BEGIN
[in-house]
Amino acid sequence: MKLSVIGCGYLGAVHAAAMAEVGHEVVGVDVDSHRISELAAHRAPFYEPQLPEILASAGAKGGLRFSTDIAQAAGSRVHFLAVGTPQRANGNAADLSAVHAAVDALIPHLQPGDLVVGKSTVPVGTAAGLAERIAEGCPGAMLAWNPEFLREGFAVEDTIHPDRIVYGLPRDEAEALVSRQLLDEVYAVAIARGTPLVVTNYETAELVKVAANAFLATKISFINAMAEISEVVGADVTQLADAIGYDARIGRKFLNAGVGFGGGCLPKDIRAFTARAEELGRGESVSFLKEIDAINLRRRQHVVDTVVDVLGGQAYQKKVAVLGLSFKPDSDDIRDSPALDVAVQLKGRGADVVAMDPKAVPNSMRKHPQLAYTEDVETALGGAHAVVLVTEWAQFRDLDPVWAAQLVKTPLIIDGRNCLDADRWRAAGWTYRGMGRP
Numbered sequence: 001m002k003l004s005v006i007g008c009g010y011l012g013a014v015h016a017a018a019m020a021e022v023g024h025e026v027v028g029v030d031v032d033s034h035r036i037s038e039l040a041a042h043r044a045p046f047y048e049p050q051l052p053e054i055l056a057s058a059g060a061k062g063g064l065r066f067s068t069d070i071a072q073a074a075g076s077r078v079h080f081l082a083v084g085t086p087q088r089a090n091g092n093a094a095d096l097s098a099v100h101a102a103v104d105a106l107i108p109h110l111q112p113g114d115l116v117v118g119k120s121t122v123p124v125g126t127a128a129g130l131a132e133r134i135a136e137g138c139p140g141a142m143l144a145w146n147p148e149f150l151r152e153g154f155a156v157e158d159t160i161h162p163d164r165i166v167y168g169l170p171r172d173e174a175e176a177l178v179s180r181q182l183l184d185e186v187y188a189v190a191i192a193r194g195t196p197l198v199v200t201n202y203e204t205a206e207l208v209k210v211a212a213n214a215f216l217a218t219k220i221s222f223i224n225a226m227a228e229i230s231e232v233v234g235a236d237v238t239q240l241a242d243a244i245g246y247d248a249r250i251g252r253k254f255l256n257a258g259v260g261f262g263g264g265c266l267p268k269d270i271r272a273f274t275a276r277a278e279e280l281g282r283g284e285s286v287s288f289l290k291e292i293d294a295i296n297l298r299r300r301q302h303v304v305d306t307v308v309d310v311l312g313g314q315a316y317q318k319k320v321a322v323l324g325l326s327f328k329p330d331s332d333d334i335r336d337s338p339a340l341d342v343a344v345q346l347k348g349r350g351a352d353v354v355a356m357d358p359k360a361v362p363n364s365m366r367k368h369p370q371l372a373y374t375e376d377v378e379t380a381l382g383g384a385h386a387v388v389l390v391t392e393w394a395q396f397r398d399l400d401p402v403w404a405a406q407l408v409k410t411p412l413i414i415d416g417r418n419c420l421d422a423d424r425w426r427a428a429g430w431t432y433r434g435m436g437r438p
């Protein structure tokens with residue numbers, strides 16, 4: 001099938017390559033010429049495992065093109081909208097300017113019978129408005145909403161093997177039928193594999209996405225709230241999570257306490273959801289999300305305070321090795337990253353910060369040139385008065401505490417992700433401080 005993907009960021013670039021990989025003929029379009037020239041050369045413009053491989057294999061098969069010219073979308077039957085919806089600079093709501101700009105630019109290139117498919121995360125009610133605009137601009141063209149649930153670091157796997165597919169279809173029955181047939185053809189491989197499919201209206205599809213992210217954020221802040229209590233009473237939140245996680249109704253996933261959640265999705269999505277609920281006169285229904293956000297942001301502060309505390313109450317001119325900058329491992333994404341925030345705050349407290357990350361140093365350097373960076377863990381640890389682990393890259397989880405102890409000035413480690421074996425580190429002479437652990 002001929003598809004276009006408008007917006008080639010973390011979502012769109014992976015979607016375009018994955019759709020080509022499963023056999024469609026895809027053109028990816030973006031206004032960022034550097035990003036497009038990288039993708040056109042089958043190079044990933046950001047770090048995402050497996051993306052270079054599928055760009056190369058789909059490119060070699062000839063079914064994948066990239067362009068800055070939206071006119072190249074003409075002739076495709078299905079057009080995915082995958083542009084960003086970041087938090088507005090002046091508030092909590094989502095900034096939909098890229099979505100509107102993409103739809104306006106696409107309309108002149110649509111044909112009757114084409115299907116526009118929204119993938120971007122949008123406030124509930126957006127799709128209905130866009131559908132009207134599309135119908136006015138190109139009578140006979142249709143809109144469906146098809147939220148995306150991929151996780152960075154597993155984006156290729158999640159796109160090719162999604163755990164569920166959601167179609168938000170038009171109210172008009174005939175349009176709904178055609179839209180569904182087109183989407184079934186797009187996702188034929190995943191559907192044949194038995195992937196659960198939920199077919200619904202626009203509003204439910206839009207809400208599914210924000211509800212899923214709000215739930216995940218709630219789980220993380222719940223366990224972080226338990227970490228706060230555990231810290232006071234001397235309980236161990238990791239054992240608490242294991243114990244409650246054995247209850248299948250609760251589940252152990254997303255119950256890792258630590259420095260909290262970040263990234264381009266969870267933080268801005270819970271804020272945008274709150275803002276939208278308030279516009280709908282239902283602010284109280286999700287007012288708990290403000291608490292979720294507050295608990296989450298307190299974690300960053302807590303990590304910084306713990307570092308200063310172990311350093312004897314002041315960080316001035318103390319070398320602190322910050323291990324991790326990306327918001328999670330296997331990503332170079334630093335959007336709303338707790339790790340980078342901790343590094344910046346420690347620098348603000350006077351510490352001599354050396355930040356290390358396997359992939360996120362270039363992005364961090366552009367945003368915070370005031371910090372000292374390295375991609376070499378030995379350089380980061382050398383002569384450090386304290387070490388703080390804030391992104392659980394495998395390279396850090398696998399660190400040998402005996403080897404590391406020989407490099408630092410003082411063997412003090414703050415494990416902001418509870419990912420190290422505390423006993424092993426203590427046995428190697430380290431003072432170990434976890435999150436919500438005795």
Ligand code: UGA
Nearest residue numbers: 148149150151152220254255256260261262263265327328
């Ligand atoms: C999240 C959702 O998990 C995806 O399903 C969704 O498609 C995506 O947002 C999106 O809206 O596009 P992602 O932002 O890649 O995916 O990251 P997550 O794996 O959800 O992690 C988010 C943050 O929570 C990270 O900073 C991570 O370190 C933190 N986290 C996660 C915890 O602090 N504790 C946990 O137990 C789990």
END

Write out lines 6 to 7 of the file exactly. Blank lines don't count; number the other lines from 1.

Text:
Nearest residue numbers: 148149150151152220254255256260261262263265327328
């Ligand atoms: C999240 C959702 O998990 C995806 O399903 C969704 O498609 C995506 O947002 C999106 O809206 O596009 P992602 O932002 O890649 O995916 O990251 P997550 O794996 O959800 O992690 C988010 C943050 O929570 C990270 O900073 C991570 O370190 C933190 N986290 C996660 C915890 O602090 N504790 C946990 O137990 C789990």